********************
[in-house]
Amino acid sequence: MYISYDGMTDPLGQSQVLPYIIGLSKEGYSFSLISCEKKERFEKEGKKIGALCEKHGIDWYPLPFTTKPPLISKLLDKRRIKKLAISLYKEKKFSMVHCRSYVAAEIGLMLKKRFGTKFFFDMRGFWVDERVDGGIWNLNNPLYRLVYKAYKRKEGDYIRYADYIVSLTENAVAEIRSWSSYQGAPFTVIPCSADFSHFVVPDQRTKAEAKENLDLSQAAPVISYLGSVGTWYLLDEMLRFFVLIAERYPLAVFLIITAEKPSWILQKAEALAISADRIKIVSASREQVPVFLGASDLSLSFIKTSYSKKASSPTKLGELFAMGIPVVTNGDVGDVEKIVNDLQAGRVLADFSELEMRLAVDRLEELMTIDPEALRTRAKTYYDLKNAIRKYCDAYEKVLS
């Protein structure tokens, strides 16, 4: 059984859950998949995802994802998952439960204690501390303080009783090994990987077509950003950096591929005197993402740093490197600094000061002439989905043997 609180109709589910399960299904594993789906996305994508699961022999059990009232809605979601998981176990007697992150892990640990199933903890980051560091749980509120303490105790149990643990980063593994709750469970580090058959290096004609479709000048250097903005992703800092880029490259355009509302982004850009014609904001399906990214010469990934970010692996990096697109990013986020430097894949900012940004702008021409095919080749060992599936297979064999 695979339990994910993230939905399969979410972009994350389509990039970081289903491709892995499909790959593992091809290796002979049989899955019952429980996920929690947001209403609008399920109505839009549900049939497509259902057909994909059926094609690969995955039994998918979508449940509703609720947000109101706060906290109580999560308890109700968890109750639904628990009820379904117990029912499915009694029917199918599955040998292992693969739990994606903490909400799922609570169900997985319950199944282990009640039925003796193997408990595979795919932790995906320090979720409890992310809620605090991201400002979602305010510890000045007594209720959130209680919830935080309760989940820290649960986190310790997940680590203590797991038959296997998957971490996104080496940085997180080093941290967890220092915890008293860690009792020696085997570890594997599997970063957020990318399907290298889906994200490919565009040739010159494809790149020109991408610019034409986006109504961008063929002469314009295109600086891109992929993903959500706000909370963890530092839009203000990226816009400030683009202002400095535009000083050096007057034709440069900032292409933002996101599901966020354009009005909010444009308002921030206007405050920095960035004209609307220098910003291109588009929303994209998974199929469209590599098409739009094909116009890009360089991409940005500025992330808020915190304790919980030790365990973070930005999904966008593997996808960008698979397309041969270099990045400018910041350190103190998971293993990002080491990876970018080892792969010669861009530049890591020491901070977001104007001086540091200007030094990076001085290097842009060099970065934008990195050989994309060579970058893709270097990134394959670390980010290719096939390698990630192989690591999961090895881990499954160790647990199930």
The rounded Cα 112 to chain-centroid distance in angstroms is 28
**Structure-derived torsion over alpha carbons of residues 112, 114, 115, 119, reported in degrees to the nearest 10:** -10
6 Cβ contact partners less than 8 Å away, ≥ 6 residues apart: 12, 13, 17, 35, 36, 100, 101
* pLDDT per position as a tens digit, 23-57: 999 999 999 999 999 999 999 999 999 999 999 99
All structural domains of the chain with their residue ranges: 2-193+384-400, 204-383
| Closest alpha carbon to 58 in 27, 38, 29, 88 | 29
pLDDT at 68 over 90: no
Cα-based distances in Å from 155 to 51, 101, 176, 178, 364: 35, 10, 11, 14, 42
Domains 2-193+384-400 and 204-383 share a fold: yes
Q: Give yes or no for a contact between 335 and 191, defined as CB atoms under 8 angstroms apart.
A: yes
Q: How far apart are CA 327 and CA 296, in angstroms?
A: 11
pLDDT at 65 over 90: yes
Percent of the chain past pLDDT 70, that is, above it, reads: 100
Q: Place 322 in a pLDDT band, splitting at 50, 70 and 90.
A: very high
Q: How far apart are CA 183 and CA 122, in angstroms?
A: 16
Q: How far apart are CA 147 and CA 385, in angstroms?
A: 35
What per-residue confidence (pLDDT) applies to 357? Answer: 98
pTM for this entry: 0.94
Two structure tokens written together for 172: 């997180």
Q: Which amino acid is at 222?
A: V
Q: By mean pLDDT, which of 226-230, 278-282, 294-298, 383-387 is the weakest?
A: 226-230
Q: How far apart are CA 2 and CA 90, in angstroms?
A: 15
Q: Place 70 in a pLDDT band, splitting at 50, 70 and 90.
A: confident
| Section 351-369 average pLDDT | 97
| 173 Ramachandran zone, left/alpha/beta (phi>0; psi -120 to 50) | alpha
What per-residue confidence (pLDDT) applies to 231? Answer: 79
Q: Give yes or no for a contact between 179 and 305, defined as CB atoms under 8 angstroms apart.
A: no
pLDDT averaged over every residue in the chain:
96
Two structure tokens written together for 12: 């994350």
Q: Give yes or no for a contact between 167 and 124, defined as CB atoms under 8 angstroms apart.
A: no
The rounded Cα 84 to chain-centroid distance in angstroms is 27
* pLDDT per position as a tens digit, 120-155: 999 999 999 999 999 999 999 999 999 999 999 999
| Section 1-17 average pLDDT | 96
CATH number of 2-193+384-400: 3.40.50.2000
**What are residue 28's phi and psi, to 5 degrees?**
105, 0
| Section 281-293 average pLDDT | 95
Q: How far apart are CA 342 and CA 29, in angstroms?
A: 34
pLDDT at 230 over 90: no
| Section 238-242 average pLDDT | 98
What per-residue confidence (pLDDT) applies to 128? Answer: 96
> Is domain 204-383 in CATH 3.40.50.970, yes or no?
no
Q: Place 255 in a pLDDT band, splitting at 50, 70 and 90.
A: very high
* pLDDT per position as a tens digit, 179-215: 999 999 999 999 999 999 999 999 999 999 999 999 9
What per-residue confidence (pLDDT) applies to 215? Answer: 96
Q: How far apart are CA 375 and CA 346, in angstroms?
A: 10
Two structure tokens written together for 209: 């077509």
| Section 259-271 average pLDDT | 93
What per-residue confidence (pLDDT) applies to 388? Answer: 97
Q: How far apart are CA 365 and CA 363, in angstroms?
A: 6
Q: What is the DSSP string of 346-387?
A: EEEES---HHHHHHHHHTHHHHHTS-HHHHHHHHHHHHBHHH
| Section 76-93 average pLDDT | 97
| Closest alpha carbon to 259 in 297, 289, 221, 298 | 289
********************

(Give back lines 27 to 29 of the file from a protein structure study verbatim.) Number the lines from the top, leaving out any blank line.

Two structure tokens written together for 172: 């997180």
Q: Which amino acid is at 222?
A: V